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Humans exhibit enormous diversity in the way they live and think. Advanced cognitive and social capacities enable us to exercise a measure of control over our lives. Albert Bandura introduces the program and his work.
Bandura explains the three-way interplay of influences in this model of Triadic Reciprocal Causation, in which there is constant interplay between personal/behavior/environment.
Born in Canada to immigrant parents who valued education, Bandura's self-directedness is a precious personal resource. He came to study psychology by chance. Bandura encourages viewers to capitalize on fortuitous moments in life.
Albert Bandura explains the 4 processes of observational learning. He describes the Bobo doll experiment on the social modeling of aggression.
Bandura describes the 4 major effects of televised violence. Attitudes and values are now being modeled worldwide. Televised modeling is becoming and influential vehicle for social and political change.
Bandura explains how mastery experiences is the most powerful vehicle of personal change. Viewers see highlights of therapy sessions in which a woman overcomes a phobia of snakes.
Albert Bandura describes self-efficacy as the foundation of human motivation and accomplishments. He explains the four major ways of developing a sense of self-efficacy: mastery; social modeling; social persuasion; physical and emotional states.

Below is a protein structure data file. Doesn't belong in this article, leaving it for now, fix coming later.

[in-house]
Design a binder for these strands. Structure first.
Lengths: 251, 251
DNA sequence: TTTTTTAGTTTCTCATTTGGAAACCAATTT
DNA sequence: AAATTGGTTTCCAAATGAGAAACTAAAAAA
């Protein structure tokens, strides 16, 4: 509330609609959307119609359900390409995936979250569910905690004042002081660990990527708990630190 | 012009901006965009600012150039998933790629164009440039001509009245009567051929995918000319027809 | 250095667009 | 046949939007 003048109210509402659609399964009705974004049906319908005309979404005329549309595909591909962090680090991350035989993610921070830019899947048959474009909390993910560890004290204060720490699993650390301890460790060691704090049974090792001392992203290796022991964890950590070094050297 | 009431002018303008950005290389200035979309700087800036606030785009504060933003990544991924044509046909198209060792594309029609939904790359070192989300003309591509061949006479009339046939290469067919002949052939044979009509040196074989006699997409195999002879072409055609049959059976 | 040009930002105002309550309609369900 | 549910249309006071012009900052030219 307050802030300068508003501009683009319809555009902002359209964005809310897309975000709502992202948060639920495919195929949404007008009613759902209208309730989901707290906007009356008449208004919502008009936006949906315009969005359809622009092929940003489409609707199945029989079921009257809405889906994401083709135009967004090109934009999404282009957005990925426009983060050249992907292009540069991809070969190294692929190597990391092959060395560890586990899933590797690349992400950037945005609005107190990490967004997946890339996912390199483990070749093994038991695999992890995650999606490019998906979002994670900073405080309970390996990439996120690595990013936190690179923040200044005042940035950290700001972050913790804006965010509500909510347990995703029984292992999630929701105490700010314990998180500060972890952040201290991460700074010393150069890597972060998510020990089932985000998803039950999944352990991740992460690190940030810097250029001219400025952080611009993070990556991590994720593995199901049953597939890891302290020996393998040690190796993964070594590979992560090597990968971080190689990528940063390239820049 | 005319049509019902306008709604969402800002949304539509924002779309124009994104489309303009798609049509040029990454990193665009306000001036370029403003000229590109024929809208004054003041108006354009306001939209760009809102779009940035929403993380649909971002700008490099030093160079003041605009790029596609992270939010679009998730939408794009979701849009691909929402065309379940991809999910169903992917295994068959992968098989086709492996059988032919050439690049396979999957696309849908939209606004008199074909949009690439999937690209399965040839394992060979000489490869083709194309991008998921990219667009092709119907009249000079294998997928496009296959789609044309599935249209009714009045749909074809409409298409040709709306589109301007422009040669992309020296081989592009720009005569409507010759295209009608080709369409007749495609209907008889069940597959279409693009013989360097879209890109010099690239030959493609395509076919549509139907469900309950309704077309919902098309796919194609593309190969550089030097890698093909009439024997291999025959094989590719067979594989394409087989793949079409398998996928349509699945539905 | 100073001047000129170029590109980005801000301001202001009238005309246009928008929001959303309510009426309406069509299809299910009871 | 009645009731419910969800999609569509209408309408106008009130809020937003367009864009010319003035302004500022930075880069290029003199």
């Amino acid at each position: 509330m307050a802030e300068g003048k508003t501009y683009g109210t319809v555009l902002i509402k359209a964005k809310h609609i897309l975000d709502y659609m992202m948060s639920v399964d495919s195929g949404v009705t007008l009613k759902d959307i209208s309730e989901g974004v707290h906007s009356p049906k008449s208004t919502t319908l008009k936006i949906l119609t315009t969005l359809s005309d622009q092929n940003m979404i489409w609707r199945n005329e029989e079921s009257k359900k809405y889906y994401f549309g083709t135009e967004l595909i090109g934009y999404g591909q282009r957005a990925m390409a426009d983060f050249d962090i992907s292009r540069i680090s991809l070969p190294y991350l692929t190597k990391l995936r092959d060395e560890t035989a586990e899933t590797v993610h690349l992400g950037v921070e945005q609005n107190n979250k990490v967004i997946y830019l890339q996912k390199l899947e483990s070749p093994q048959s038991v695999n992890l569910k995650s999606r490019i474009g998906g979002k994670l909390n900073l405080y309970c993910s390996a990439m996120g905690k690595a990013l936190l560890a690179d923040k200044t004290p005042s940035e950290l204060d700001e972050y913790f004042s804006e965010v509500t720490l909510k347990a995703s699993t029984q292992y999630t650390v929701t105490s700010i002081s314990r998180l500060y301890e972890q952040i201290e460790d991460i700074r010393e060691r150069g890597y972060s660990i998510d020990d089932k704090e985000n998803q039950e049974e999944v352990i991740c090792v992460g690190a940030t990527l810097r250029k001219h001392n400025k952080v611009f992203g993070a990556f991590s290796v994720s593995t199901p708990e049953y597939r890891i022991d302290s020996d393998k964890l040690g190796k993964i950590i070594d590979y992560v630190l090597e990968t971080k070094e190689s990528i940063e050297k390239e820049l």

Banduras explains how efficacy regulates human functioning through 4 major processes: cognitive, motivational, emotional, decisional.
Bandura explains self-regulation in moral conduct. Throughout history humans have justified killing "the enemy." We shift responsibility to others, spread responsibility around and minimize the harm caused by our actions. Banduras cites World War II and Vietnam War as well as U.S. Tobacco Hearings.
Bandura points out that while many believe biology is a powerful force in behavior, many societies demonstrate peace and progress. It is important to learn how to enable and motivate people to use these capabilities for personal and social betterment.
Against rolling credits, Inuit Carver Gilbert Hay explains his personal road to efficacy and success as an artist.
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